27K Original Miles! 1978 Ford Pinto Wagon

Bidding seems quite reasonable at the moment for what appears to be a highly original 1978 Ford Pinto wagon with under 30,000 original miles. The seller purchased the car from the original owner and photos show a vehicle with minimal signs of use and completely stock condition throughout. The seller contends you’d be hard pressed to find a more original example for the money, and I’m inclined to agree with him given bidding is resting at $4,550 here one eBay at the moment. The Pinto is located for inspection in Morrice, Michigan.

The three-door wagon design is one that I wish would come back to life, as it’s a sharp look at that doesn’t wade too deeply into being a full-fledged wagon, keeping some of the sporty vibes that only a coupe can offer. Of course, the VW Fox was offered in three-door form, and it was pretty far from anything fitting of the term, “sporting.” Regardless, this Pinto presents well from end to end, complete with period bumper stickers still affixed to the gigantic chrome safety bumpers. All four hubcaps are accounted for and glass looks clean and clear.

Of course, you need to be a fan of the color red to live with a car like this, as there’s an explosion of cherry and crimson every where you look. The carpets, dash, and kick panels all have variations of the color red inside, but that’s in keeping with the period when the Pinto was made. The seller notes the Pinto is equipped with the “rare” rear window defroster, and obviously, an automatic transmission. Given there’s just 27,817 miles on the clock, this has one-grandma-owner written all over it.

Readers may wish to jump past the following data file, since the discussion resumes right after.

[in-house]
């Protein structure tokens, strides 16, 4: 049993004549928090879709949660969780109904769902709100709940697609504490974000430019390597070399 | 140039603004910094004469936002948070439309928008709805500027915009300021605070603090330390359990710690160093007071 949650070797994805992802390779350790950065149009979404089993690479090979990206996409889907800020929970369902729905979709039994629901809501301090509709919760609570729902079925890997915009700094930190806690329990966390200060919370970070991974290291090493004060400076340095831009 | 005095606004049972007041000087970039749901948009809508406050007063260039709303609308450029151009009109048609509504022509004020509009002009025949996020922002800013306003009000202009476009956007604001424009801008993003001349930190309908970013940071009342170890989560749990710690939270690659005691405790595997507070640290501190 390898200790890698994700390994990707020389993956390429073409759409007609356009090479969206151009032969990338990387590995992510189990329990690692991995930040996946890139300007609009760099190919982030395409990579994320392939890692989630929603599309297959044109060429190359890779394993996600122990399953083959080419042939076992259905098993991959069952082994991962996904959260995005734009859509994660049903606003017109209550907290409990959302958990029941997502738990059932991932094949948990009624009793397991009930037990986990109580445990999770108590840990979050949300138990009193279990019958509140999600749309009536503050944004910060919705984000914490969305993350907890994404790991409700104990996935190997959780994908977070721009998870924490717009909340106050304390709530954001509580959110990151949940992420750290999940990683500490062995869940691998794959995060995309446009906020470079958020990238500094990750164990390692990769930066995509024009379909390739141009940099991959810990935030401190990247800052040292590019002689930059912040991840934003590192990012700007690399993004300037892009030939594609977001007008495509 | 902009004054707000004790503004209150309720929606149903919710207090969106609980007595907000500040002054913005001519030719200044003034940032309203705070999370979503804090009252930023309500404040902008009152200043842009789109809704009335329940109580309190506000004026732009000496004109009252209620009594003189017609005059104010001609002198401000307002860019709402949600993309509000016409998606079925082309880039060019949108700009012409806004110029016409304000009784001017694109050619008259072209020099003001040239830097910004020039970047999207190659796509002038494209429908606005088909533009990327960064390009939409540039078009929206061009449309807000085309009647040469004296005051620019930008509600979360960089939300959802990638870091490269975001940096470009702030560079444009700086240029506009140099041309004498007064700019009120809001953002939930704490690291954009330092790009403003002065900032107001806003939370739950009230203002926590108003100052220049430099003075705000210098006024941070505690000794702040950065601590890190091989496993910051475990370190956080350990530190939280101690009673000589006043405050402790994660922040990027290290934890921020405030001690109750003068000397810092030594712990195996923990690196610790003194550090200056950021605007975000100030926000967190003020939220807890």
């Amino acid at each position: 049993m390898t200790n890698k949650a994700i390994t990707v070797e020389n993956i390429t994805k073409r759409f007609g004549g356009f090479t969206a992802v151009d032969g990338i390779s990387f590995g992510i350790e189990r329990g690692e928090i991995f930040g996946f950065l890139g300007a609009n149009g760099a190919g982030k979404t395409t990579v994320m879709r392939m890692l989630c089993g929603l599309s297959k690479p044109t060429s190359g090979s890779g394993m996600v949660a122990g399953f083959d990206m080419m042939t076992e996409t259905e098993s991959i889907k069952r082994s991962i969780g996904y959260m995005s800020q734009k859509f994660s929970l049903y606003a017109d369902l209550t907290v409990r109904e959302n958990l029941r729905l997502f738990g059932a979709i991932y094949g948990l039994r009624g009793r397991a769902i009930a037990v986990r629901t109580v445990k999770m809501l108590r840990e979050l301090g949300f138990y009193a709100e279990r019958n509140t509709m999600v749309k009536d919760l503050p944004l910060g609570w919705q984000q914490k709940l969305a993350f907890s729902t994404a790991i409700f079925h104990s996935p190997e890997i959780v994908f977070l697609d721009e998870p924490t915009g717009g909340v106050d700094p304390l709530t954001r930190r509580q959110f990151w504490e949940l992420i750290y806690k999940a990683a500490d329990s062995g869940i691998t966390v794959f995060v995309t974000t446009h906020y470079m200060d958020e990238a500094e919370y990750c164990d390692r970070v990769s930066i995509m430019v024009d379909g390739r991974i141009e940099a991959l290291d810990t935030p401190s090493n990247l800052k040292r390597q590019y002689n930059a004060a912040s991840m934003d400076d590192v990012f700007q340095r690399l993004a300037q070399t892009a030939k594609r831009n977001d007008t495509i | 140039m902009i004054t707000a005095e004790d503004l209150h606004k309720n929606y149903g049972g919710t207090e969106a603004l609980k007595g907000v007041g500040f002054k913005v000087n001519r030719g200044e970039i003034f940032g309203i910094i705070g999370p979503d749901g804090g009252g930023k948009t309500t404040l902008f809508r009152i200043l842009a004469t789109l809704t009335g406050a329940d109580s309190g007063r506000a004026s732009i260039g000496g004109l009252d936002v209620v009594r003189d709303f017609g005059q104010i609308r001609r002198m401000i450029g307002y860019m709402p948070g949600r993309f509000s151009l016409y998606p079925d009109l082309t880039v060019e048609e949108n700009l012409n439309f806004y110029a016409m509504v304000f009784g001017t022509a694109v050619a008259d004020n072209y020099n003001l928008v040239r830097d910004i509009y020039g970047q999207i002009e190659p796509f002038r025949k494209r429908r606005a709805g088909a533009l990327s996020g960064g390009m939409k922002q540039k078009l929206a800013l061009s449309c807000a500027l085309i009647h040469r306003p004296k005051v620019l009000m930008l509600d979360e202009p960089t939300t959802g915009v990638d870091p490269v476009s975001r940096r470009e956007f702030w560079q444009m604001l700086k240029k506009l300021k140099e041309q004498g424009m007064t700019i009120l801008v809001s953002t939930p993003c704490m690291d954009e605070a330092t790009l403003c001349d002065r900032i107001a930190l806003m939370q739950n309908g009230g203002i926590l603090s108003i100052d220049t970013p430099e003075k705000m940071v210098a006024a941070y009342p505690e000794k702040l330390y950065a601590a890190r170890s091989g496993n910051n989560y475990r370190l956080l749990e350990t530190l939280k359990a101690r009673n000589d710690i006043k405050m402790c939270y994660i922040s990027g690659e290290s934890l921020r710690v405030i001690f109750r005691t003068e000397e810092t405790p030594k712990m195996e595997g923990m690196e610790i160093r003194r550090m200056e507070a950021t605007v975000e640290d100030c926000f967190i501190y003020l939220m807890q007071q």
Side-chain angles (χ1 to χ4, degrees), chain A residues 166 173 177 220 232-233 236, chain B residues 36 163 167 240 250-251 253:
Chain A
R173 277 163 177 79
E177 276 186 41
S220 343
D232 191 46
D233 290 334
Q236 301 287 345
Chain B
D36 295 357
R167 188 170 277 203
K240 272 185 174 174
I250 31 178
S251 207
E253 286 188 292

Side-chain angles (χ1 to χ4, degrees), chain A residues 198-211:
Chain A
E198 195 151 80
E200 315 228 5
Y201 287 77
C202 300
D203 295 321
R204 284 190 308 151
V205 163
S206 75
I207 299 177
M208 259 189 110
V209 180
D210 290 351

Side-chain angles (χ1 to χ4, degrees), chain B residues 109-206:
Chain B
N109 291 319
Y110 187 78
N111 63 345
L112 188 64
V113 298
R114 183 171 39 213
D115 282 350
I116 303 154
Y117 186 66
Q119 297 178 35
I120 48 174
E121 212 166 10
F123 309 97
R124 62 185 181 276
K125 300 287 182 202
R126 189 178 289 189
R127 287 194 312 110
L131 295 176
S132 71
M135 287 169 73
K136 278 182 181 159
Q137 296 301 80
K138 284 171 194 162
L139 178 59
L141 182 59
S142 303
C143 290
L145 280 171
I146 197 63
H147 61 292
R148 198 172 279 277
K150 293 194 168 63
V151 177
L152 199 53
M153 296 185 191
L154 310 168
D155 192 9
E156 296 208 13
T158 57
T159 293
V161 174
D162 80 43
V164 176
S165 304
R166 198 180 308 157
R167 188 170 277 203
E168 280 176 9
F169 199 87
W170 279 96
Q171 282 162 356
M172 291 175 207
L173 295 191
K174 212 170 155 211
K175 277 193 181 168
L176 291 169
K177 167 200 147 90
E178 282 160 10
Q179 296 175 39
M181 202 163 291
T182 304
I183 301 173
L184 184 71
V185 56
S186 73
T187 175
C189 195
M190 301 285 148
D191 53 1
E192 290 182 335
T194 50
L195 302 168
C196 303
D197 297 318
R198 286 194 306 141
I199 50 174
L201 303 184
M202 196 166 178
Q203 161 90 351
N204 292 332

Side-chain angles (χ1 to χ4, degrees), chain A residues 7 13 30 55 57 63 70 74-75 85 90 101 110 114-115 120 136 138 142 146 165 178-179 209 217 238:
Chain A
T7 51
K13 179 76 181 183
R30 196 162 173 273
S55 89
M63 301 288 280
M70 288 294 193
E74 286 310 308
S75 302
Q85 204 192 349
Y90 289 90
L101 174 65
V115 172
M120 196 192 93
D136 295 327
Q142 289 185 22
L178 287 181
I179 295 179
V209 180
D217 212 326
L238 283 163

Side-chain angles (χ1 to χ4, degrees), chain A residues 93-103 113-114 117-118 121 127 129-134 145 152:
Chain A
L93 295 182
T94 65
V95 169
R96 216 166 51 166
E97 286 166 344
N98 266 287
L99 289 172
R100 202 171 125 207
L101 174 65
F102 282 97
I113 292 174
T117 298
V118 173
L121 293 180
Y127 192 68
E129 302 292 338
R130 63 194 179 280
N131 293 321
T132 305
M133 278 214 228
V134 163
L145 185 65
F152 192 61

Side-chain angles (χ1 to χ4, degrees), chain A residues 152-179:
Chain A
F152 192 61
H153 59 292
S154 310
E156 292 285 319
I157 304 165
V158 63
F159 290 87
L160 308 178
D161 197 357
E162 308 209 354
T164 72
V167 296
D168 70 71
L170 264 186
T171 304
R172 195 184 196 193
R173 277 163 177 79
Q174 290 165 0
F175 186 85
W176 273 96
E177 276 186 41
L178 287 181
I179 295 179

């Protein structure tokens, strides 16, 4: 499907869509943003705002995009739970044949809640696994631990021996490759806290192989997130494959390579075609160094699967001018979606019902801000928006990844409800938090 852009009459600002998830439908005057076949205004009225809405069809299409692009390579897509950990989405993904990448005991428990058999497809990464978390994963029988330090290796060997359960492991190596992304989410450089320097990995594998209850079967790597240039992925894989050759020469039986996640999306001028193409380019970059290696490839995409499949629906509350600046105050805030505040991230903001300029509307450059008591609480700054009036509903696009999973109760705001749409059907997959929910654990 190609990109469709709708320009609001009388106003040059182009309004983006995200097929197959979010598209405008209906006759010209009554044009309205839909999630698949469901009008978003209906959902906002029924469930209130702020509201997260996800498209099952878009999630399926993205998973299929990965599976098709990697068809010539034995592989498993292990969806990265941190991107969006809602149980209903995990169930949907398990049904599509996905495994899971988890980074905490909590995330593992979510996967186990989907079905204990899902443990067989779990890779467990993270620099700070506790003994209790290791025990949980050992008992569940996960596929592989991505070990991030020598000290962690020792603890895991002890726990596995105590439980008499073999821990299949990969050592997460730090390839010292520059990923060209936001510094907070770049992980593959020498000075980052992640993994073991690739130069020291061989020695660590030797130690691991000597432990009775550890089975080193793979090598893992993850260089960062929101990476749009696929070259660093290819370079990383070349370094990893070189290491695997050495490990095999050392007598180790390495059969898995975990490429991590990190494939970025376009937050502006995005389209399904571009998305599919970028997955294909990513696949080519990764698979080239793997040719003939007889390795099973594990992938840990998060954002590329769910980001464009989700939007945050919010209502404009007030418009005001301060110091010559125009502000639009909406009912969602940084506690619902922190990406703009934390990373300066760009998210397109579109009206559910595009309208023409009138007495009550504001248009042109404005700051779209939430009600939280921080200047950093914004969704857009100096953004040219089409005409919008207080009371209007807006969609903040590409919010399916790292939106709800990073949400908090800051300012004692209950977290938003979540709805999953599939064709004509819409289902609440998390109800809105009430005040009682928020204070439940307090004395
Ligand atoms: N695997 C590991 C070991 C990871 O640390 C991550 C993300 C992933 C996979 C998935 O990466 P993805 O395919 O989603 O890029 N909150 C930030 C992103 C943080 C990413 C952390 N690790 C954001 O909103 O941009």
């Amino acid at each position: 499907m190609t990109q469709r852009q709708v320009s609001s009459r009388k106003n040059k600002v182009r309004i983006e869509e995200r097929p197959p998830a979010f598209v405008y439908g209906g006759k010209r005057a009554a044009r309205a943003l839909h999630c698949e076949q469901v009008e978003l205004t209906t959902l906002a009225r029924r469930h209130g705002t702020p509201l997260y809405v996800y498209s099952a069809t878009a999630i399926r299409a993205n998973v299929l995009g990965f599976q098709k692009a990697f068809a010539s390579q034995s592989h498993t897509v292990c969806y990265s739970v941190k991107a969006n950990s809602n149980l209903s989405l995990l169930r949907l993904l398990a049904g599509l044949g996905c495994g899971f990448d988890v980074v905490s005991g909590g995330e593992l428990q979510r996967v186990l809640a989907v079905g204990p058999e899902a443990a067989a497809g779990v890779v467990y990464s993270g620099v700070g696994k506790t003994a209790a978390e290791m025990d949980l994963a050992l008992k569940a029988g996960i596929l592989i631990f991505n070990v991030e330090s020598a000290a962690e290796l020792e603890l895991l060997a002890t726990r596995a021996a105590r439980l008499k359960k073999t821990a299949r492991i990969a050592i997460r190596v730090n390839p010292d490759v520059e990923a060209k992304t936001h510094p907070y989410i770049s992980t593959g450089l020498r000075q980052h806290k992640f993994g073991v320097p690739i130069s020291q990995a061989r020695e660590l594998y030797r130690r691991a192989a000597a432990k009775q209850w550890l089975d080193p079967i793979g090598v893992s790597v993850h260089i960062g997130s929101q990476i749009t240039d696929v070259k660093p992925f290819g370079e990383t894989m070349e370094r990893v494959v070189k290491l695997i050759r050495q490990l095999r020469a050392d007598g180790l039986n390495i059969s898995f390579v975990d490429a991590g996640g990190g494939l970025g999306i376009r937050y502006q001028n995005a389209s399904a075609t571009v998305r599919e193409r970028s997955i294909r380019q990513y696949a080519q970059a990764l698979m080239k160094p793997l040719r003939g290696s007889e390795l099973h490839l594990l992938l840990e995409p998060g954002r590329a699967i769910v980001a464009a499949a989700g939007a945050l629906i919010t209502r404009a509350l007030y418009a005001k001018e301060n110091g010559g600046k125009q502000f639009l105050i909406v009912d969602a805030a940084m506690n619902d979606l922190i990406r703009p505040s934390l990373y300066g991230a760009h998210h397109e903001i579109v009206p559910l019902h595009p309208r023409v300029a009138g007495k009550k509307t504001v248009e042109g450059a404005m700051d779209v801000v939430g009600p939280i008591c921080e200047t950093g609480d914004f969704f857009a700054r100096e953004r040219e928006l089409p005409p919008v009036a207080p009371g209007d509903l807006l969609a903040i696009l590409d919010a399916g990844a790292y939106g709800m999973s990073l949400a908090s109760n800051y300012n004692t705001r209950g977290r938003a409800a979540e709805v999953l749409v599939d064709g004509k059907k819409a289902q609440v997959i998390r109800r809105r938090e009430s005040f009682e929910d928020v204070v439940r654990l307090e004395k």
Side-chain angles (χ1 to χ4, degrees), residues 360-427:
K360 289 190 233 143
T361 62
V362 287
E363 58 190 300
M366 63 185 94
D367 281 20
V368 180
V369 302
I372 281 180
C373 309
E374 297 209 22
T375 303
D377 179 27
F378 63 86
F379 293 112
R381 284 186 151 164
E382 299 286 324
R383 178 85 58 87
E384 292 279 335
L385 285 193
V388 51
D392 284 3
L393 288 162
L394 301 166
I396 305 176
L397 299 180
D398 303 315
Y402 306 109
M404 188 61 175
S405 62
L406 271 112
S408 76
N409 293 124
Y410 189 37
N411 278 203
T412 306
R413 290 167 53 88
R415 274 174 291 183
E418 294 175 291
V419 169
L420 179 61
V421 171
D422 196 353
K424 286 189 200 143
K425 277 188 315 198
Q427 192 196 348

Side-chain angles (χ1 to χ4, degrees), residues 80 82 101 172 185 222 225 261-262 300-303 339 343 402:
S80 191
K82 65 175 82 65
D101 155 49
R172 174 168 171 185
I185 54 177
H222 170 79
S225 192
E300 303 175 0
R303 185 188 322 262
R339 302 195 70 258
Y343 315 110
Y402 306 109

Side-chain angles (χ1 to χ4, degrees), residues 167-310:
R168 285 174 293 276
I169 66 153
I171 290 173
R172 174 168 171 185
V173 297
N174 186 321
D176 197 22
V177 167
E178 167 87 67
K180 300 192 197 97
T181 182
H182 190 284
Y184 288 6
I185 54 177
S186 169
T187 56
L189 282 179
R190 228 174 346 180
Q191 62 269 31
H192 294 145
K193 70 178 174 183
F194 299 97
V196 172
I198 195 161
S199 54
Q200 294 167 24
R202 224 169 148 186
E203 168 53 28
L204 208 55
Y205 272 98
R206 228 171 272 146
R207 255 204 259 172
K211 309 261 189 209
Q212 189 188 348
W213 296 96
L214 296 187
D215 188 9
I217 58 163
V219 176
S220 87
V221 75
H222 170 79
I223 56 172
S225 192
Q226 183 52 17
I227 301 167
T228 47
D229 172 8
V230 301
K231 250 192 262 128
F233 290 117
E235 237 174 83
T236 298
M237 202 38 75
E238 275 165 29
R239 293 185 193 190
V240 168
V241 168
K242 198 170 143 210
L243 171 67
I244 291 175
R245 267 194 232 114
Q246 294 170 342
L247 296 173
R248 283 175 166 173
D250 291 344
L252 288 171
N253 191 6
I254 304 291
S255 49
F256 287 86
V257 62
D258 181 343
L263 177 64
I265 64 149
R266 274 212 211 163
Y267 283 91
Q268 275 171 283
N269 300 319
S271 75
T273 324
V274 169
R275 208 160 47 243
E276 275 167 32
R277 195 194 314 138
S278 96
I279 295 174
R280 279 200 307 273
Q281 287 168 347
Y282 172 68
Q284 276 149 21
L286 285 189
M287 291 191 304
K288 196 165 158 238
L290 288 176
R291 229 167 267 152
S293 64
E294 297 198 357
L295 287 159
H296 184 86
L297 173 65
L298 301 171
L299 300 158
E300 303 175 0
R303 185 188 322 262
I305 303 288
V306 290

The engine is the standard 2.3L four-cylinder, and the vibrant engine paint still visible is a testament to a low-mileage specimen. The seller notes the only obvious flaws as being some rust at the bottom of the doors but “….very little” overall. The Pinto is an interesting choice for a fair-weather driver, as the stigma around their reliability has subsided somewhat and they’re appreciated more then they used to be. The seller has transferred ownership to his name, so the title document will square up with who you’re buying it from. A cheap classic that won’t cost much to own over the long run – would you park a Pinto wagon in your garage?

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  1. Bob_in_TN Member

    Thanks Jeff for a good write-up.

    Nice, low-option, clean Pinto wagon. I agree with the “one grandma owner” comment: prominent AAA stickers, and she must have been a baseball fan.

    I’m glad that Pintos are seemingly now more respected for what they were and what they accomplished for their day: a simple, basic economy car which did its job reasonably well. This would be a fun car to own as long as you enjoyed the “my ______ had one just like this, only it was ________” comments which would be prevalent.

  2. leiniedude leiniedude Member

    I am all in with Bob. Another great line Jeff, ‘an explosion of cherry and crimson’!

  3. Big_Fun Member

    When I see this, I think of the Blues Brothers (1980) movie, and the line from Jake Blues “I hate Illiois Nazis”.
    I understand in today’s climate, “Nazi” may be offensive.